Although it looked like a fire-trap, when you were at the club the other night you were pretty confident that it passed fire code. After all, there are inspections for that kind of thing. So you had a good time and the next morning enjoyed a greasy breakfast at a nearby diner without fear of salmonella. Running late for your interview at the apartment you hope to rent, you grab a cab to get you there on time. Afterwards, munching on a hot dog purchased from a licensed vendor, it hits you. Of all the activities you engaged in since last night, the only one in which the city of Toronto doesn't take an avid, avuncular interest is your rented apartment.
Four shivery, cockroach-plagued years after the inception of restaurant inspections, tenants may finally get the respect they deserve. The city is working on a strategy for proactive inspections of apartment buildings in order to ensure they comply with provisions of the Toronto Municipal Code.
Under city staff's proposal, buildings or building operators would be licensed - a system that's similar to Dinesafe, Toronto's successful eatery licensing and inspection program. Regular inspections would be funded largely through licensing revenues. Staff have proposed two options: either licensing the buildings, or, less directly, licensing the operators (which would not allow for routine inspections, only limited audits).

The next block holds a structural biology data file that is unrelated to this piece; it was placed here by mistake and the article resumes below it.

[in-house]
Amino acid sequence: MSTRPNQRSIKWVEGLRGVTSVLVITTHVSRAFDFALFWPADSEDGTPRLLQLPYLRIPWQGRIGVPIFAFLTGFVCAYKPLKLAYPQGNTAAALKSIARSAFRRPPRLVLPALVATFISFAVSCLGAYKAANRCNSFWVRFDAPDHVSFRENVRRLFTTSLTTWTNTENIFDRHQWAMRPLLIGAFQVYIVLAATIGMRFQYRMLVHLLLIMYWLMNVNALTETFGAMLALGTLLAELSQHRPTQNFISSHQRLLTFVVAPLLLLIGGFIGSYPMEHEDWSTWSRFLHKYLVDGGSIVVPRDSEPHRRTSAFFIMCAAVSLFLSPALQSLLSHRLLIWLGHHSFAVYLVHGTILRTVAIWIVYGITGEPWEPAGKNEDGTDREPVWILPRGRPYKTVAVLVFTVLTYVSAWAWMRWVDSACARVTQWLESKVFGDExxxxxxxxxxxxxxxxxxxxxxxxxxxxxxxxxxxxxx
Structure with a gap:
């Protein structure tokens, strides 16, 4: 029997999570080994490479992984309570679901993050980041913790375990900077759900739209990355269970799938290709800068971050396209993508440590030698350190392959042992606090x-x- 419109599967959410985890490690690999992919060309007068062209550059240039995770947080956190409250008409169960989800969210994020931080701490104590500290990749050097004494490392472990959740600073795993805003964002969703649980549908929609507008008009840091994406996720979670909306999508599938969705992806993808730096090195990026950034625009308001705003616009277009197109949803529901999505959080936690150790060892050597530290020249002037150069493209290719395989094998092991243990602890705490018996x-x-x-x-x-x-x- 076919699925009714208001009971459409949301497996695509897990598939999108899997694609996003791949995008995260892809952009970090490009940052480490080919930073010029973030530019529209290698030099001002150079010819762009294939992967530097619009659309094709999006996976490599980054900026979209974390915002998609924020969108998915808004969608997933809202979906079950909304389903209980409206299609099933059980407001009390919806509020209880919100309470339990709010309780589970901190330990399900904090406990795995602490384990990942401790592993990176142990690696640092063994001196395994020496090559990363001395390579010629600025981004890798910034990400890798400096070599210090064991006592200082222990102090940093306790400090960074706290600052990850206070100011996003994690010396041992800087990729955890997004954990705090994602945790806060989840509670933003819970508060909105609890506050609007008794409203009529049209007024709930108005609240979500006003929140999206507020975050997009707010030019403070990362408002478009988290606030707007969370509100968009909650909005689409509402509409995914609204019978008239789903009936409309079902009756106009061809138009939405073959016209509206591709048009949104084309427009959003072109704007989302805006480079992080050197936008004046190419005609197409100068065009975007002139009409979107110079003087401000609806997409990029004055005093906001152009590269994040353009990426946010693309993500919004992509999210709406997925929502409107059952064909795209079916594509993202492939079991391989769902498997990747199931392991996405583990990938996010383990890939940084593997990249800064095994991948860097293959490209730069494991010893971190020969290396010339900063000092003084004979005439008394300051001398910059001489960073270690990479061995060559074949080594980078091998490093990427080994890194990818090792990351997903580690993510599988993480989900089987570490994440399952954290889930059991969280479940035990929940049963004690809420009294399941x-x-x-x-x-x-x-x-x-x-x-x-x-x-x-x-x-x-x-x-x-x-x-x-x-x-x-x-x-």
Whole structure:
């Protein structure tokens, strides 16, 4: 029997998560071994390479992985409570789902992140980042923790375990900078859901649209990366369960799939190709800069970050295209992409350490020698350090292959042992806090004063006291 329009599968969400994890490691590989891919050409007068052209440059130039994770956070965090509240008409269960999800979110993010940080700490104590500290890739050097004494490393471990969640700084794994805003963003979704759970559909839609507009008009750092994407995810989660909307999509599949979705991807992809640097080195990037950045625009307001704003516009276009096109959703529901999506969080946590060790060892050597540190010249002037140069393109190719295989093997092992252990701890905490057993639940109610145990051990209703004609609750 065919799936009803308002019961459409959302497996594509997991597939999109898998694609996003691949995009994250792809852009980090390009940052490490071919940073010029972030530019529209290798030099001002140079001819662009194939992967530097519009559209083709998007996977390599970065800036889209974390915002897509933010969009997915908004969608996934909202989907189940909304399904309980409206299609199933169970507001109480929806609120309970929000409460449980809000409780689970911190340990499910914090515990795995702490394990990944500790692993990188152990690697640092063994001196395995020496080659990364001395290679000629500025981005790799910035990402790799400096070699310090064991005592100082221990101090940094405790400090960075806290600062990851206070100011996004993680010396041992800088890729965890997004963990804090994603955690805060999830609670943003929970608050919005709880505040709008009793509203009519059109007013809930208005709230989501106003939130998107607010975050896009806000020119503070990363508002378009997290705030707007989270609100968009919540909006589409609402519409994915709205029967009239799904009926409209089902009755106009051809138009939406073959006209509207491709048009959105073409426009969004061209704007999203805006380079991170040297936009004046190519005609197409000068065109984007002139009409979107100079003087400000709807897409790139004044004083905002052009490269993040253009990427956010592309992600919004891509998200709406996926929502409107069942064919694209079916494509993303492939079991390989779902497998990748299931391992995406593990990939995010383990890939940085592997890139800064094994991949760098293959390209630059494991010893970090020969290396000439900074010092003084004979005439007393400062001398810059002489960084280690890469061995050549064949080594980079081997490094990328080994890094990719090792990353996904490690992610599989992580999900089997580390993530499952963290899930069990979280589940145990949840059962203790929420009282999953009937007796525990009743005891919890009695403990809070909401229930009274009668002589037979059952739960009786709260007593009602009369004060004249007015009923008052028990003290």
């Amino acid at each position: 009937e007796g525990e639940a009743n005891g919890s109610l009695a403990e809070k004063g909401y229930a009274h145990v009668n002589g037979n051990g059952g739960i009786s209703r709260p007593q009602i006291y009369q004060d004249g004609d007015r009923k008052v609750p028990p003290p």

There would even be a Web disclosure system where you could go online to check out bad landlords, like the "conditional pass" signs on restaurants that don't quite make the grade.
"It's long overdue," says Dan McIntyre of the Federation of Metro Tenants Associations.
At last week's planning and transportation committee meeting, staff were given the green light to move forward with details. Council will vote on the proposal January 27.
But two things may stand in the way. The first is the province, which would need to remove a regulation in the Municipal Act in order for the city to proceed. The second is Brad Butt, exec director of the Greater Toronto Apartment Association, who urged against rushing into a system of licensing and inspections.
"The city's remedy is to use a baseball bat to kill a mosquito," Butt says, arguing that a few bad landlords are tarnishing the rest. His deputation inspired another amendment to the proposal: the addition of public properties like social housing and co-ops to the list of inspectable dwellings.
According to Butt, the current system, in which tenants need to initiate complaints before repairs are done, works just fine. He dismisses concerns that language barriers and fear of landlord reprisal may inhibit renters.
For now, the landlord lobby is willing to work with the city and intends to take part in planned consultations. The idea, in Butt's words, will be to "try to get council to water down the recommendations."